Indian equity benchmarks reversed gains from earlier in the session to extend their losses for the seventh straight session on Thursday as a boost from the British central bank started to fade as reflected by a sell-off in the pound, offset by the broader worries of global recession from higher borrowing costs worldwide.
Indeed, investors started pedalling into another cycle of selling as the dollar tightened its grip on the currency markets, recession fears weighed on stocks, and bonds continued to feel the agony of rising interest rates.
The BSE Sensex index fell about 90 points to trade back below the 57,000 level, after having recovered from a six-day slump earlier on Thursday, and the broader NSE Nifty index declined over 0,3 per cent after gaining nearly 1 per cent in early trade.
The Sensex had surged to a high of 57,166.14 points in the early morning session after opening at 56,997.90 points. In the afternoon session, there was intense selling pressure in the market, which caused the Sensex to fall about 650 points from its day high.
Finally, the Sensex declined 188.32 points to end at 56,409.96, and the Nifty index fell 40.50 points to close at 16,818.10.
For the seventh day in a row, there has been extreme selling pressure in Indian equities.
While Japan's Nikkei did manage to increase by almost 1 per cent, the MSCI's broadest index of Asia-Pacific shares outside of Japan concluded the day essentially flat. Wall Street was expected to drop more than 1.2 per cent later, according to S&P 500 futures, as additional Fed policymakers were scheduled to speak.
After the Bank of England (BoE) started an emergency bond-buying operation on Thursday for two weeks to stabilise the market and allay investors' fears of a financial system contagion, global equities had made a partial recovery, pushing the British pound to gain the most since mid-June.
But after those gains in the previous session and an initial bounce, Thursday saw a decline in the value of the pound, the euro against a resurgent dollar as the relief over the BoE's intervention in the bond market subsided.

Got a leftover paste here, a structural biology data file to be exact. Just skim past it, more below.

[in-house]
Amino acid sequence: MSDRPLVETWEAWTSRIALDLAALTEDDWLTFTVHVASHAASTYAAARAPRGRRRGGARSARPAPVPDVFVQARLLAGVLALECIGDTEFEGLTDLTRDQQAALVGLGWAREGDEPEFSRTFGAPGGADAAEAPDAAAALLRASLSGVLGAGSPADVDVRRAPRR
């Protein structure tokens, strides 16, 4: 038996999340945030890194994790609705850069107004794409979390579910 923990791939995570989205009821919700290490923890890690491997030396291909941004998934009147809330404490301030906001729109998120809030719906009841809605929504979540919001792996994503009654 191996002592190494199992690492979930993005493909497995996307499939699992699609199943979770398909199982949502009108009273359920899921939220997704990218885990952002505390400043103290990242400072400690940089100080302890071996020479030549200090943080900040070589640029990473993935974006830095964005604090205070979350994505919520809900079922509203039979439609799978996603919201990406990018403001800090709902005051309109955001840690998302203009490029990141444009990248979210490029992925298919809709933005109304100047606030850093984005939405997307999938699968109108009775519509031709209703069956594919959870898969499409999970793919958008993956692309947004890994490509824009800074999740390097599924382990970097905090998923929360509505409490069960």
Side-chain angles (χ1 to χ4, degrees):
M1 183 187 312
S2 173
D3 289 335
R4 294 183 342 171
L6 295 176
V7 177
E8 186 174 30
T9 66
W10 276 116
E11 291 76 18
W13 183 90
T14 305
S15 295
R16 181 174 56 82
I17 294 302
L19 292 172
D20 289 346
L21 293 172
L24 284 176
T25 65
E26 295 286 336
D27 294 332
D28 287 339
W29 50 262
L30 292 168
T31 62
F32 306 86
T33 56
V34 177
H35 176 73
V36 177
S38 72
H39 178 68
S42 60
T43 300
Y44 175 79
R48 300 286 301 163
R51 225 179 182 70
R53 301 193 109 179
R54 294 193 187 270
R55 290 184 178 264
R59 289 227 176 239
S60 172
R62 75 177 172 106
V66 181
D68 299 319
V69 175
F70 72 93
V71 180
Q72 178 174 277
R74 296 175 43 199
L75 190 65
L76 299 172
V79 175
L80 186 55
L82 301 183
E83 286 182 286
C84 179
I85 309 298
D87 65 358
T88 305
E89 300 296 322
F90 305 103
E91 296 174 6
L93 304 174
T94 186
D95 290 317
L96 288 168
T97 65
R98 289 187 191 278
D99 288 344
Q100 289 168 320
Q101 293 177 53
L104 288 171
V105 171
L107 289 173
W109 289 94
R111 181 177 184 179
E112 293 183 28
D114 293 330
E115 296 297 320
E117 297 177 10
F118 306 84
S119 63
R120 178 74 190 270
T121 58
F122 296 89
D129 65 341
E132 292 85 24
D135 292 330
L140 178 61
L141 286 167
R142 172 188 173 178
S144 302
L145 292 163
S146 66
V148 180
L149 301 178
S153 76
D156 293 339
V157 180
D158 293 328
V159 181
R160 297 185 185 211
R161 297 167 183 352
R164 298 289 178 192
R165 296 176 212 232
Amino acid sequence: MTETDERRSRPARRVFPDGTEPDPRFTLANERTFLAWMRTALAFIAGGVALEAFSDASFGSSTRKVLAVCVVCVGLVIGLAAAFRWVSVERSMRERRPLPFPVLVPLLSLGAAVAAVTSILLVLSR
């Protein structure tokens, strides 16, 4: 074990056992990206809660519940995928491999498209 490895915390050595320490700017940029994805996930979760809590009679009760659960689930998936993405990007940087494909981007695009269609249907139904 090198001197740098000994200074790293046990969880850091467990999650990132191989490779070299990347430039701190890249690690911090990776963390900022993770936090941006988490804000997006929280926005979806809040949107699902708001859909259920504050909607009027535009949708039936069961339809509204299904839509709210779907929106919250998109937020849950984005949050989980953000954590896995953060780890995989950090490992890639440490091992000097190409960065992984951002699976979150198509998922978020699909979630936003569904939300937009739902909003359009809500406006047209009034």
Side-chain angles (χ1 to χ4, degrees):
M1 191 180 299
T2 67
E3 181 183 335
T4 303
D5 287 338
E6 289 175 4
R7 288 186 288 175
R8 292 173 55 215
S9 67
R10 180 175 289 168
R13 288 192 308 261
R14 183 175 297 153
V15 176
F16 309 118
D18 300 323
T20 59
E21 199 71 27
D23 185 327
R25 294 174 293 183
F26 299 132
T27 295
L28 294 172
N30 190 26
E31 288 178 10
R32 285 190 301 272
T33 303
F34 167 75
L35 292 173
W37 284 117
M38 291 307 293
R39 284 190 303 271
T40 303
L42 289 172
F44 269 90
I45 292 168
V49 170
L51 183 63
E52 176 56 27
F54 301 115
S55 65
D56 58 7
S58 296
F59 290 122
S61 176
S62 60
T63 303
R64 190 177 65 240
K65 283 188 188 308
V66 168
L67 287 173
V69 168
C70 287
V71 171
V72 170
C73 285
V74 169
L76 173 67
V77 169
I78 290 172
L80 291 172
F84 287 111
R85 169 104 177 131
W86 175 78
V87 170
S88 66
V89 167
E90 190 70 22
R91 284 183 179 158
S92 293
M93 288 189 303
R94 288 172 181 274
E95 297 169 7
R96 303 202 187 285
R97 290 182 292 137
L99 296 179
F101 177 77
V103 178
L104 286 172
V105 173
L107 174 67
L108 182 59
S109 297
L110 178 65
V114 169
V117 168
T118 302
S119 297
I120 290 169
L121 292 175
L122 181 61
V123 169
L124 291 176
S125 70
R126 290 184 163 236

In response to lingering concerns about Britain's economic management and the darkening prospects for global growth, the US dollar regained its footing, while the pound and the euro both declined 1 per cent.
"The market wouldn't mind some stability, it has become a little bit unpredictable," Barings Investment Institute's Chief European strategist Agnes Belaisch, told Reuters.
She said investors were now seeing "incoherence" in the UK with government spending as the BoE tries to rein in inflation, while everywhere else the focus is on how high central banks are prepared to go with interest rates.
The open in Europe was harsh. The STOXX 600 share index fell by almost 2 per cent from the opening, while the euro and the pound, which have been badly hit by UK debt worries in recent days, both fell by 1 per cent.
"Sterling is not out of the woods," DBS Currency Strategist Philip Wee, told Reuters. "The BoE is seen addressing the symptom and not the cause."
"The...government has yet to address the credibility of the tax cut plans, which critics see adding to the inflation woes."
A Bloomberg report showed Friday's mini-budget from the UK had become a flashpoint for not just investors' short-term concerns about unfunded tax cuts at a time when inflation is running close to a four-decade high, or the BoE's failure to contain price growth.
Reuters Graphic: UK 30-Year Bond Yields See Record Moves After BoE Intervention